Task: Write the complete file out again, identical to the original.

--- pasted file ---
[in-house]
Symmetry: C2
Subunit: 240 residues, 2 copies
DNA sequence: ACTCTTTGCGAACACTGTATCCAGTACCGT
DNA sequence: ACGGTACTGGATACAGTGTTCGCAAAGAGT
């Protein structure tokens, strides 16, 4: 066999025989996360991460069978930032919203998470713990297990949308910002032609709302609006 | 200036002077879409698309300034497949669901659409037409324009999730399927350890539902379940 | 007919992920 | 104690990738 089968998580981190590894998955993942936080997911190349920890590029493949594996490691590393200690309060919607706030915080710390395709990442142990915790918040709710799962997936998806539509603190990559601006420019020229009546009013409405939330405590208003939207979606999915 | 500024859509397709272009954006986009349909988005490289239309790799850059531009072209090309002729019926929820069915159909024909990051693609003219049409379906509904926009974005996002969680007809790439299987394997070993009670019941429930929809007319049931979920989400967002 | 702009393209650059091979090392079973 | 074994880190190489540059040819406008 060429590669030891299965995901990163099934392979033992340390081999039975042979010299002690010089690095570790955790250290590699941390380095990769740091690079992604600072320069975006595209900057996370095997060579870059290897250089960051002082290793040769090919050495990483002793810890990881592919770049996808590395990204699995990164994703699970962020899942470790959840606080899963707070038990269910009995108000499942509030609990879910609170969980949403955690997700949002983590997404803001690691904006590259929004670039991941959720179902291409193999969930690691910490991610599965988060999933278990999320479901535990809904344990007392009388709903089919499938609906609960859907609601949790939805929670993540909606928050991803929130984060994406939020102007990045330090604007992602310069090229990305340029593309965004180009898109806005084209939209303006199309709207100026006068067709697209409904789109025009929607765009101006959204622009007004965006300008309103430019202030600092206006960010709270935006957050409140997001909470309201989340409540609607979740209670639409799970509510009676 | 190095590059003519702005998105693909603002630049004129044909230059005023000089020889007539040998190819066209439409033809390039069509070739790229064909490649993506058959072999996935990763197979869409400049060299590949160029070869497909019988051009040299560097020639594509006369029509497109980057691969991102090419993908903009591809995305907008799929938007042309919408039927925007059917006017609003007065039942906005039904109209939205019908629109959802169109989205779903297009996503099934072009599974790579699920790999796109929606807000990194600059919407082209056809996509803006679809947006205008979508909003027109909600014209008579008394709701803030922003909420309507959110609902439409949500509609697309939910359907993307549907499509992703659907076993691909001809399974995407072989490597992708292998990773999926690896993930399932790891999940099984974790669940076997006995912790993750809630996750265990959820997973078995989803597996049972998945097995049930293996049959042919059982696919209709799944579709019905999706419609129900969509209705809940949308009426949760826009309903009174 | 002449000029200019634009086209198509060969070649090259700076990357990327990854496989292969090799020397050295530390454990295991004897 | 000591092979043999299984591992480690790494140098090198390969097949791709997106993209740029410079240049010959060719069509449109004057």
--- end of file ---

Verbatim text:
[in-house]
Symmetry: C2
Subunit: 240 residues, 2 copies
DNA sequence: ACTCTTTGCGAACACTGTATCCAGTACCGT
DNA sequence: ACGGTACTGGATACAGTGTTCGCAAAGAGT
């Protein structure tokens, strides 16, 4: 066999025989996360991460069978930032919203998470713990297990949308910002032609709302609006 | 200036002077879409698309300034497949669901659409037409324009999730399927350890539902379940 | 007919992920 | 104690990738 089968998580981190590894998955993942936080997911190349920890590029493949594996490691590393200690309060919607706030915080710390395709990442142990915790918040709710799962997936998806539509603190990559601006420019020229009546009013409405939330405590208003939207979606999915 | 500024859509397709272009954006986009349909988005490289239309790799850059531009072209090309002729019926929820069915159909024909990051693609003219049409379906509904926009974005996002969680007809790439299987394997070993009670019941429930929809007319049931979920989400967002 | 702009393209650059091979090392079973 | 074994880190190489540059040819406008 060429590669030891299965995901990163099934392979033992340390081999039975042979010299002690010089690095570790955790250290590699941390380095990769740091690079992604600072320069975006595209900057996370095997060579870059290897250089960051002082290793040769090919050495990483002793810890990881592919770049996808590395990204699995990164994703699970962020899942470790959840606080899963707070038990269910009995108000499942509030609990879910609170969980949403955690997700949002983590997404803001690691904006590259929004670039991941959720179902291409193999969930690691910490991610599965988060999933278990999320479901535990809904344990007392009388709903089919499938609906609960859907609601949790939805929670993540909606928050991803929130984060994406939020102007990045330090604007992602310069090229990305340029593309965004180009898109806005084209939209303006199309709207100026006068067709697209409904789109025009929607765009101006959204622009007004965006300008309103430019202030600092206006960010709270935006957050409140997001909470309201989340409540609607979740209670639409799970509510009676 | 190095590059003519702005998105693909603002630049004129044909230059005023000089020889007539040998190819066209439409033809390039069509070739790229064909490649993506058959072999996935990763197979869409400049060299590949160029070869497909019988051009040299560097020639594509006369029509497109980057691969991102090419993908903009591809995305907008799929938007042309919408039927925007059917006017609003007065039942906005039904109209939205019908629109959802169109989205779903297009996503099934072009599974790579699920790999796109929606807000990194600059919407082209056809996509803006679809947006205008979508909003027109909600014209008579008394709701803030922003909420309507959110609902439409949500509609697309939910359907993307549907499509992703659907076993691909001809399974995407072989490597992708292998990773999926690896993930399932790891999940099984974790669940076997006995912790993750809630996750265990959820997973078995989803597996049972998945097995049930293996049959042919059982696919209709799944579709019905999706419609129900969509209705809940949308009426949760826009309903009174 | 002449000029200019634009086209198509060969070649090259700076990357990327990854496989292969090799020397050295530390454990295991004897 | 000591092979043999299984591992480690790494140098090198390969097949791709997106993209740029410079240049010959060719069509449109004057």